Understanding, meditation, reflection, intellectual nature, mental operations, occur to
Also see Deceived | Thoughts

MIND, MINDS in scriptures [BibleGateway Search]

Cross Reference Bible links
Deuteronomy 6:5, Matthew 22:37 - Love the Lord your God with all your heart, all your soul, all your mind
Deuteronomy 11:18 - bind God's words in your hearts and minds
1 Chronicles 28:11-13 - David gave Solomon the plans the Lord had put in his mind for building the temple of the Lord
Job 7:17 - what is man ... that you should set your mind on him
Job 38:36 - who endowed the heart with wisdom or gave understanding to the mind?
Psalm 7:9, 8:4 (think of), 26:2, 144:3 (think of)
Jeremiah 11:20, 17:10 - God searches, tests, tries, examines minds and hearts
Ecclesiastes 7:25 - Solomon turned his mind to understand, investigate, search out wisdom
Isaiah 26:3 - God keeps in perfect peace one whose mind is steadfast, trusting in God
Isaiah 32:6 - the fool speaks folly, his mind is busy with evil: he practices ungodliness and spreads error concerning the Lord; the hungry he leaves empty and from the thirsty he withholds water.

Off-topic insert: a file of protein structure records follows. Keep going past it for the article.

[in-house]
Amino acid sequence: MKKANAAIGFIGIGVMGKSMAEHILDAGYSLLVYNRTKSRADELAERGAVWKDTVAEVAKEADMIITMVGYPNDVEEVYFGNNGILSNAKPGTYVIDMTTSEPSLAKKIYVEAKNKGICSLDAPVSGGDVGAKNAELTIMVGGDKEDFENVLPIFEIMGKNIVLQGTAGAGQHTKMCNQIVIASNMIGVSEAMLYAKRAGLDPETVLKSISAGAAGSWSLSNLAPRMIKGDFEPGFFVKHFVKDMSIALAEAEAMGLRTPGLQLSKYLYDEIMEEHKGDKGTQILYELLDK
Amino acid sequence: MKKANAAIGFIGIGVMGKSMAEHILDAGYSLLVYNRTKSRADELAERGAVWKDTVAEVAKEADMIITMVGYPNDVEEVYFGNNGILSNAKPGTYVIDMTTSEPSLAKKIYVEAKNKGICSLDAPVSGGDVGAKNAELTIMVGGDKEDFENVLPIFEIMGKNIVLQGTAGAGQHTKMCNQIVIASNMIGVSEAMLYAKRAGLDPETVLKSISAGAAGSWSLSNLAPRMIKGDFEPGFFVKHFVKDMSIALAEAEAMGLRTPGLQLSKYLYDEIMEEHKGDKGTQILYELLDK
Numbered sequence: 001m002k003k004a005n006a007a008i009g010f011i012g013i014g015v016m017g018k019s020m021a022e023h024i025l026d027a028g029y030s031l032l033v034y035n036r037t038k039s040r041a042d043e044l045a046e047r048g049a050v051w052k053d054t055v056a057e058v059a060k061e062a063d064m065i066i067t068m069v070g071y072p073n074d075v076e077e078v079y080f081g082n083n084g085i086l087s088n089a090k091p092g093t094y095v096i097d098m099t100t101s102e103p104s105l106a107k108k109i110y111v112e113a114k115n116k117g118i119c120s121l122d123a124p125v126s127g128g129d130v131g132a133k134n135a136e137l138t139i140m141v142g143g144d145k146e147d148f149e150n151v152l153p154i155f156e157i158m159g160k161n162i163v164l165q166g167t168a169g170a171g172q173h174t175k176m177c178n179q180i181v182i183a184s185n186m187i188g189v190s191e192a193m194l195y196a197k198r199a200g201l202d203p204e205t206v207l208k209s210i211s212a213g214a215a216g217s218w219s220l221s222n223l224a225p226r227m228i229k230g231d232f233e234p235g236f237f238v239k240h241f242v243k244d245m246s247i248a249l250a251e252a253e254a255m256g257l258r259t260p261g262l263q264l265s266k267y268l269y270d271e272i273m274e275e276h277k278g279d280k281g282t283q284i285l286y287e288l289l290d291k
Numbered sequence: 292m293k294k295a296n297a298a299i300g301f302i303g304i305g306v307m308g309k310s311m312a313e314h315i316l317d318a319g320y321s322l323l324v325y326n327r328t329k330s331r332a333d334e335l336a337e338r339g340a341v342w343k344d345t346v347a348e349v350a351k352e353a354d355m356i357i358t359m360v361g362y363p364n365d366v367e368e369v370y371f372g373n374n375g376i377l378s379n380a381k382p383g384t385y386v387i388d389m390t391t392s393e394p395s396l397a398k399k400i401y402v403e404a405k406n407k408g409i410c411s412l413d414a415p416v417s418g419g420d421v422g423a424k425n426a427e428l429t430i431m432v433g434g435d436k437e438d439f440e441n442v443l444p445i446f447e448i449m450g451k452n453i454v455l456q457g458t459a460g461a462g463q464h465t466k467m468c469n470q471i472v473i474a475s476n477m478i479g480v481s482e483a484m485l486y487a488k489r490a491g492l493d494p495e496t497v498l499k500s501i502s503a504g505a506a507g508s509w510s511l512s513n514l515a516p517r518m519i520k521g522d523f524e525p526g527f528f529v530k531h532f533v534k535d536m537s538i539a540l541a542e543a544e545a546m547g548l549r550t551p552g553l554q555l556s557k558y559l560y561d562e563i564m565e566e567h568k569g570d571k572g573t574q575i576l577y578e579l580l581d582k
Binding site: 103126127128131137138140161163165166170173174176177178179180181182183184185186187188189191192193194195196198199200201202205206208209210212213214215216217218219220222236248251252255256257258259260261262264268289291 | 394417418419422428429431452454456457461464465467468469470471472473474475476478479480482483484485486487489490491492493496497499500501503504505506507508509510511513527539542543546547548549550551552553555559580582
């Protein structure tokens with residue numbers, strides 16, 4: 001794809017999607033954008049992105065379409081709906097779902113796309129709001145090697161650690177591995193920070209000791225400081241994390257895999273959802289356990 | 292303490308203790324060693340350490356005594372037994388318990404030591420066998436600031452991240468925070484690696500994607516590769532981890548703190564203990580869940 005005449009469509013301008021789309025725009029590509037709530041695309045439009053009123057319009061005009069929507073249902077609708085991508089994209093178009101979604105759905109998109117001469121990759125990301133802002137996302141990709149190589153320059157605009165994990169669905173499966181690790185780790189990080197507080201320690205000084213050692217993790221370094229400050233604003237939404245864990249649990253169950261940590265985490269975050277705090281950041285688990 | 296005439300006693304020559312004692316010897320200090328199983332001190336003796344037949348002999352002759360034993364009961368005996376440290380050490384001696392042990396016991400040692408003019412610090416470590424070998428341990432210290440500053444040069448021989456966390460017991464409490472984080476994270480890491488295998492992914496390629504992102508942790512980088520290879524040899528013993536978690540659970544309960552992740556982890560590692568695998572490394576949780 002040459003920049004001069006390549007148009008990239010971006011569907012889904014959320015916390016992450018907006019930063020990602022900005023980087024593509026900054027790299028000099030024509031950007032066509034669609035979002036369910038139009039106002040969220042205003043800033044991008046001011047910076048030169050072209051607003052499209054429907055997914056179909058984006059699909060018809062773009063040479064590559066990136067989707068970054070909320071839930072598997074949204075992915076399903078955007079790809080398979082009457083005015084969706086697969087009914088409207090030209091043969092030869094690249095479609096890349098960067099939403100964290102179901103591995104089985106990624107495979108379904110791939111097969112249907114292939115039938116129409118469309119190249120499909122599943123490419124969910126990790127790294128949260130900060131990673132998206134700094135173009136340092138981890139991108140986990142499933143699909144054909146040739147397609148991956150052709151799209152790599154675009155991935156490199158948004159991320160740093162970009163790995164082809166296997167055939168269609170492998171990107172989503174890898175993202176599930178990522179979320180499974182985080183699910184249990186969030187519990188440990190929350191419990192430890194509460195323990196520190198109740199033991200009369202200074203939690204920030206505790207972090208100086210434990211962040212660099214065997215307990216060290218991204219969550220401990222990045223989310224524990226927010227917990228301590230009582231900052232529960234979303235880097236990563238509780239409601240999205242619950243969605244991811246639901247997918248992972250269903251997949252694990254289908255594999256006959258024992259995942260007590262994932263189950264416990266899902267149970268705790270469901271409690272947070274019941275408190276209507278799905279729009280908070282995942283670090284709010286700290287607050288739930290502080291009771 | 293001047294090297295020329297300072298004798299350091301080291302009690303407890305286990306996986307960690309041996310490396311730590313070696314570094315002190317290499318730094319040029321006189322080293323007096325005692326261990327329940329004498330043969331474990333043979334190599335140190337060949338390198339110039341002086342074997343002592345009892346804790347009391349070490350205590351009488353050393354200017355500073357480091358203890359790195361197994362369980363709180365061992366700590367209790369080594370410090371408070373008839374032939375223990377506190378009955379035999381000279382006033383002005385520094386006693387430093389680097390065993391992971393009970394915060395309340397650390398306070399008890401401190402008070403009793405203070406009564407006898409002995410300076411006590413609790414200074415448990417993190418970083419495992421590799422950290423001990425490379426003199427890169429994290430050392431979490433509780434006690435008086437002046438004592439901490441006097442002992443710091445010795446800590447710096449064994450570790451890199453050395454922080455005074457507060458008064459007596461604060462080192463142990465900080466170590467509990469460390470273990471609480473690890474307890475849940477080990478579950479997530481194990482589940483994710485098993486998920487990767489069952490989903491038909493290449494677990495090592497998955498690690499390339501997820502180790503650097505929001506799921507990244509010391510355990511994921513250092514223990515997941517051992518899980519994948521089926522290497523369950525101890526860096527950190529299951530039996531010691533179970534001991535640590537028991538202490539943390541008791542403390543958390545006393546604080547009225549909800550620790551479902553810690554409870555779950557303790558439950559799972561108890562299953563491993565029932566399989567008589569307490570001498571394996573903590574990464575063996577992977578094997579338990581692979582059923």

Isaiah 40:13 - Who has understood the mind of the Lord?
Isaiah 65:17 - in the new heavens and new earth, former things won't come to mind
Jeremiah 3:16 - when a remnant of Israel returns to Zion, the ark of the covenant of the Lord won't be missed or enter their minds.
Romans 1:28 - depraved mind
Romans 8:5 - setting your mind on desires
Hebrews 2:6 (think of)



mind (nous, dianoia, sunesis):

1. No Precision in the Terms Used:

We look in vain in the Old Testament and New Testament for anything like scientific precision in the employment of terms which are meant to indicate mental operations.

In the Old Testament lebh is made to stand for the various manifestations of our intellectual and emotional nature. We are often misled by the different renderings in the different versions, both early and late.

Sometimes nephesh or "soul" is rendered by "mind" (Deuteronomy 18:6 the King James Version, "desire of his soul" or "mind"); sometimes ruah or "spirit" (Genesis 26:35, "grief of mind," ruah). Here Luther renders the term Herzeleid ("grief of heart"), and the Vulgate (Jerome's Latin Bible, 390-405 A.D.) animum. Sometimes lebh is used, as in Isaiah 46:8, "bring it to mind" (literally, "heart"), or in Psalms 31:12, "I am forgotten as a dead man out of mind" (literally, "heart"), as in Septuagint, kardia, and in Vulgate, a corde, Luther, im Herzen, new Dutch translated, uit de gedachtenis (i.e. "memory"). In the Apocrypha this precision is equally lacking. Thus we read in The Wisdom of Solomon 9:15, "For the corruptible body (soma) presseth down the soul (psuche) and the earthly tabernacle weigheth down the mind (nous) that museth upon many things." But these distinctions are alien to the letter and spirit of revelation, a product of the Greek and not of the Hebrew mind.